The single-celled protozoan Trypanosoma brucei spp. is the causative agent of human African trypanosomiasis and nagana in cattle. Quantitative proteomics for the first time has allowed for the characterization of the proteome from several different life stages of the parasite (Butter et al., Mol Cell Proteomics 12:172–179, 2013; Gunasekera et al., BMC Genomics 13:556, 2012; Urbaniak et al., PloS One 7(5):e36619, 2012). To achieve this, stable isotope labeling by amino acids in cell culture (SILAC) (Ong et al., Mol Cell Proteomics 1:376–386, 2002) was adapted to T. brucei spp. cultures. T. brucei cells grown in standard media with dialyzed fetal calf serum containing heavy isotope-labeled amino acids (arginine and lysine) show efficient incorporation of the labeled amino acids into the whole cell proteome (8–12 divisions) and no detectable amino acid conversions. The method can be applied to both of the major life stages of the parasite and in combination with RNAi or gene knockout approaches.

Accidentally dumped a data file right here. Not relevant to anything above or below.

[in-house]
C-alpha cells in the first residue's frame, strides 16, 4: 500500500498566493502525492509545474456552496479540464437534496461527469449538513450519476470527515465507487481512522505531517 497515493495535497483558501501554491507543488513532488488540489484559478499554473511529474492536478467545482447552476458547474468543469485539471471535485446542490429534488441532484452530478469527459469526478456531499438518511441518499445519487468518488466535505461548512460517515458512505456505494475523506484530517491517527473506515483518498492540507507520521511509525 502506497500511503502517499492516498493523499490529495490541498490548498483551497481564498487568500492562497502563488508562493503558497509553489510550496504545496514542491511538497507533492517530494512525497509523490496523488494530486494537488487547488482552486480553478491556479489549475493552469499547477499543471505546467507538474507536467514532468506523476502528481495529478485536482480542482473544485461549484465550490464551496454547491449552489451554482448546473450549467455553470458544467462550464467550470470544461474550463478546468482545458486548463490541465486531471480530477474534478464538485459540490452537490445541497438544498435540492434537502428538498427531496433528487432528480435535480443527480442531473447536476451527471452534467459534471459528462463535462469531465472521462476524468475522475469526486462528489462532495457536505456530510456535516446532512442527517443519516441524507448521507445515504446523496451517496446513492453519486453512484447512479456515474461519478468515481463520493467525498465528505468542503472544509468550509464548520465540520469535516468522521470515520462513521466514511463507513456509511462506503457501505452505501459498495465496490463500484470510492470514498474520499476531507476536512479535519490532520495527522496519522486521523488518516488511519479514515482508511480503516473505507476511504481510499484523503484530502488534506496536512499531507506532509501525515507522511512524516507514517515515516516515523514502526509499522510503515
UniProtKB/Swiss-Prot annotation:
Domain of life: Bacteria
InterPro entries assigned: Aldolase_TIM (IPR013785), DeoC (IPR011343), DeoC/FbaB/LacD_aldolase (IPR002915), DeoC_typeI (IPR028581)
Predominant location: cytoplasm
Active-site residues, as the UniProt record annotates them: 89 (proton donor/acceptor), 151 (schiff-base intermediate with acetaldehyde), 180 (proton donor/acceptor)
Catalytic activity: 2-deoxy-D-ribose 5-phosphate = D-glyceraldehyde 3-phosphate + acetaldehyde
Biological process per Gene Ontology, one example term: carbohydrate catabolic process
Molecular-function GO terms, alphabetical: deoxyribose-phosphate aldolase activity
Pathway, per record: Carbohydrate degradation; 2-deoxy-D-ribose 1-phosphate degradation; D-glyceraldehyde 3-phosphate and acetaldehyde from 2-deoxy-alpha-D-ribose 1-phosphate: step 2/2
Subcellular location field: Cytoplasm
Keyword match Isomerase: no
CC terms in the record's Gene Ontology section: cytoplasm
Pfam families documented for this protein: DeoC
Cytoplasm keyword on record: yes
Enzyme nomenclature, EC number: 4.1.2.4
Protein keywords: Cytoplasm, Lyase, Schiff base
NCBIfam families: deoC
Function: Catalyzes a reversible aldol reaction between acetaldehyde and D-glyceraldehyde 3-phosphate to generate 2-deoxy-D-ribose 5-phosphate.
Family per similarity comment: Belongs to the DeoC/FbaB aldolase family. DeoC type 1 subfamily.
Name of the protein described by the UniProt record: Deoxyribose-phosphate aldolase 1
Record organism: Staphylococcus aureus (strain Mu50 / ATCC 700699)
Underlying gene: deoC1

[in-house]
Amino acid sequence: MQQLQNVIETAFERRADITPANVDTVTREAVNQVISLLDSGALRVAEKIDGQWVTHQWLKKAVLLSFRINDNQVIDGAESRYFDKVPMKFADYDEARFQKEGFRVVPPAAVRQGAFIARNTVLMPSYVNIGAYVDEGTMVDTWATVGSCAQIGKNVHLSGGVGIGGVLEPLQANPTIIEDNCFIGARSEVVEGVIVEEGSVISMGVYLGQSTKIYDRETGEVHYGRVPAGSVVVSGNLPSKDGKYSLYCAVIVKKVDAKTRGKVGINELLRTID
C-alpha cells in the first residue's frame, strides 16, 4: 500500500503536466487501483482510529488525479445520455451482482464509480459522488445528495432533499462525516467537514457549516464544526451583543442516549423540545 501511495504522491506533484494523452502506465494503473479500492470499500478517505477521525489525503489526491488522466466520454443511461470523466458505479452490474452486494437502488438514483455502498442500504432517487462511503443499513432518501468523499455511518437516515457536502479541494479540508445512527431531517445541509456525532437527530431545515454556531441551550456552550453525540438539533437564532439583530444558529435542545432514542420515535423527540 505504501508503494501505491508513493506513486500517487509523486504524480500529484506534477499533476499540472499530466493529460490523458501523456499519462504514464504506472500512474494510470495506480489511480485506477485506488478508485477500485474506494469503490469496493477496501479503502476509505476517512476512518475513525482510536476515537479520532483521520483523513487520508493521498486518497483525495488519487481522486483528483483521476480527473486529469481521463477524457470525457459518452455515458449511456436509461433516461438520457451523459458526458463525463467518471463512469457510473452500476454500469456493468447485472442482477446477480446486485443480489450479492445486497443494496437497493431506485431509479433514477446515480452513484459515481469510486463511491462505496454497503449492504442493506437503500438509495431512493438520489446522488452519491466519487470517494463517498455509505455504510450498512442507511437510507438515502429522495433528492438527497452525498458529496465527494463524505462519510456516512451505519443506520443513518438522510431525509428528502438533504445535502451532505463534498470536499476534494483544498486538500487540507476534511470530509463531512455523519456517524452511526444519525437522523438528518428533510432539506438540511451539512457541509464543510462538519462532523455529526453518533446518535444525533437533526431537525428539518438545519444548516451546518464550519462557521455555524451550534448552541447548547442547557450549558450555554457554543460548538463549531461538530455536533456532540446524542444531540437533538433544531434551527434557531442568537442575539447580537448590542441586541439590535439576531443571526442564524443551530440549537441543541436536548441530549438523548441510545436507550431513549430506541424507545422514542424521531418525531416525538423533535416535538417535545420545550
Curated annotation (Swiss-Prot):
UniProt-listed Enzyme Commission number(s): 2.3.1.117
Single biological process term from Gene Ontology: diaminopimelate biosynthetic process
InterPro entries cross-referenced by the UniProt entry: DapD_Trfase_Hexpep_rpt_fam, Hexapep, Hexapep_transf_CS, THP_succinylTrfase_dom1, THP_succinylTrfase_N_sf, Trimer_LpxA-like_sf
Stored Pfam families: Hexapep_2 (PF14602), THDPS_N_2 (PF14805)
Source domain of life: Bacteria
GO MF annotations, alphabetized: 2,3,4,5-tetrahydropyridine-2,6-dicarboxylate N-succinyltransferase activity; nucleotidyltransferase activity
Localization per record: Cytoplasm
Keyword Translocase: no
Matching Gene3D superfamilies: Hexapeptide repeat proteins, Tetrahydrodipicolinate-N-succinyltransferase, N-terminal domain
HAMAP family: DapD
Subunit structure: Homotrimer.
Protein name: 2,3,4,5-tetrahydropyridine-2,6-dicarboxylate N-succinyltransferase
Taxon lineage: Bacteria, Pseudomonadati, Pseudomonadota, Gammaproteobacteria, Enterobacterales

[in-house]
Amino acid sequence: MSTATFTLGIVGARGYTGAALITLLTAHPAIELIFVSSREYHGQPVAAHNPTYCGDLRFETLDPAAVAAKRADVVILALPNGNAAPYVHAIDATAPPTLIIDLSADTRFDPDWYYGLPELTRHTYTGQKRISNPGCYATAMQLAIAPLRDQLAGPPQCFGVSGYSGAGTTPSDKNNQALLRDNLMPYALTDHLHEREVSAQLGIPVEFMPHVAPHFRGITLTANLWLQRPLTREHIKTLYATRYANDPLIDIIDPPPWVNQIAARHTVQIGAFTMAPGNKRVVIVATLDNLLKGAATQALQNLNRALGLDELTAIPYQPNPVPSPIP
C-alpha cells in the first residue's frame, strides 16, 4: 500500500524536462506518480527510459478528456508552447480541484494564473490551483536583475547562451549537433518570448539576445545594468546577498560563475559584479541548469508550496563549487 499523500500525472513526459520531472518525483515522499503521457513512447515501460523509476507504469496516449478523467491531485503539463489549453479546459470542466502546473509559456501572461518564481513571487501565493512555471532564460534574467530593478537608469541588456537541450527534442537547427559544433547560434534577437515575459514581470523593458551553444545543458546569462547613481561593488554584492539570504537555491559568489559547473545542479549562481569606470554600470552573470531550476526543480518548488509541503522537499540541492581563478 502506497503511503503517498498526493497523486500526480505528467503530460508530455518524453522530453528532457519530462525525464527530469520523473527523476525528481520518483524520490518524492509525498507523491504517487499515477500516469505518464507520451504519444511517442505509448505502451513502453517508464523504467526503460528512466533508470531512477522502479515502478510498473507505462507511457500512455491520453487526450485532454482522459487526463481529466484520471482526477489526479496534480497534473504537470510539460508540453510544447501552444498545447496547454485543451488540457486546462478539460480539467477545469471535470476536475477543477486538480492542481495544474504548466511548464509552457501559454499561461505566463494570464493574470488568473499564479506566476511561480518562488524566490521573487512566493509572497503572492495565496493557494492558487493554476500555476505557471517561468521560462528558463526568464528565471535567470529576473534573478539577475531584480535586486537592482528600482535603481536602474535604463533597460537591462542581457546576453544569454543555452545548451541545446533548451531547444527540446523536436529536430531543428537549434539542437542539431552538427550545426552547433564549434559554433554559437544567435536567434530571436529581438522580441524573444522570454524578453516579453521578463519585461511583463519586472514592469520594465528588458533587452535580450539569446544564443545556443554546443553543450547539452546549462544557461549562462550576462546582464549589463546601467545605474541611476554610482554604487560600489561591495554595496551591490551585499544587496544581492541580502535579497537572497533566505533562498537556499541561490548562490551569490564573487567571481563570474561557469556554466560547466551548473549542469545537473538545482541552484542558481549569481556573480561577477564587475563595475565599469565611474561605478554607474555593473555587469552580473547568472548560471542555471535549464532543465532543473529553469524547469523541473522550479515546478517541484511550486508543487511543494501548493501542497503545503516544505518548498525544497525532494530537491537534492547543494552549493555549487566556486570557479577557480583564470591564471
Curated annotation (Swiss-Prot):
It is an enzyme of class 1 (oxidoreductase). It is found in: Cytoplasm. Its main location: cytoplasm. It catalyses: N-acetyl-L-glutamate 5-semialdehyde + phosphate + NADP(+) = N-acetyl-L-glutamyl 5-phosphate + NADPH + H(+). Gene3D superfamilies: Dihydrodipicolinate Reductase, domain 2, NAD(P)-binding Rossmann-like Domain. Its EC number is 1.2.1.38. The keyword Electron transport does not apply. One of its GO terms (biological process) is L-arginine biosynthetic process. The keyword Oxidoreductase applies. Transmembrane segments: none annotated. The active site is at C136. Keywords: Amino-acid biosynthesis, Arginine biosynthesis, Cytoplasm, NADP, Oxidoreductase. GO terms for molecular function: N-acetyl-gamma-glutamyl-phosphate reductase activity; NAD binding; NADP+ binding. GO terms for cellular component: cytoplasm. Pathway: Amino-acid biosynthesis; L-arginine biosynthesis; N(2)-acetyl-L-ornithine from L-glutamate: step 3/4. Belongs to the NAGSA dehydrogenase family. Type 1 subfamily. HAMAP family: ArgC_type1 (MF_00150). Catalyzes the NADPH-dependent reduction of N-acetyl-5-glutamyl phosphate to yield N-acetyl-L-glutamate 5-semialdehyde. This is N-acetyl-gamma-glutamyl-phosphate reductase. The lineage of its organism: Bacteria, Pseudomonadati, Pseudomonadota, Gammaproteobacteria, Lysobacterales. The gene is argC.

Trypanosoma bruceiSILAC Mass spectrometry Cell culture Cell differentiation
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The authors would like to thank Kapila Gunasekera and Roman Trikin for critically reading the manuscript. The research was supported by the Swiss National Science Foundation.
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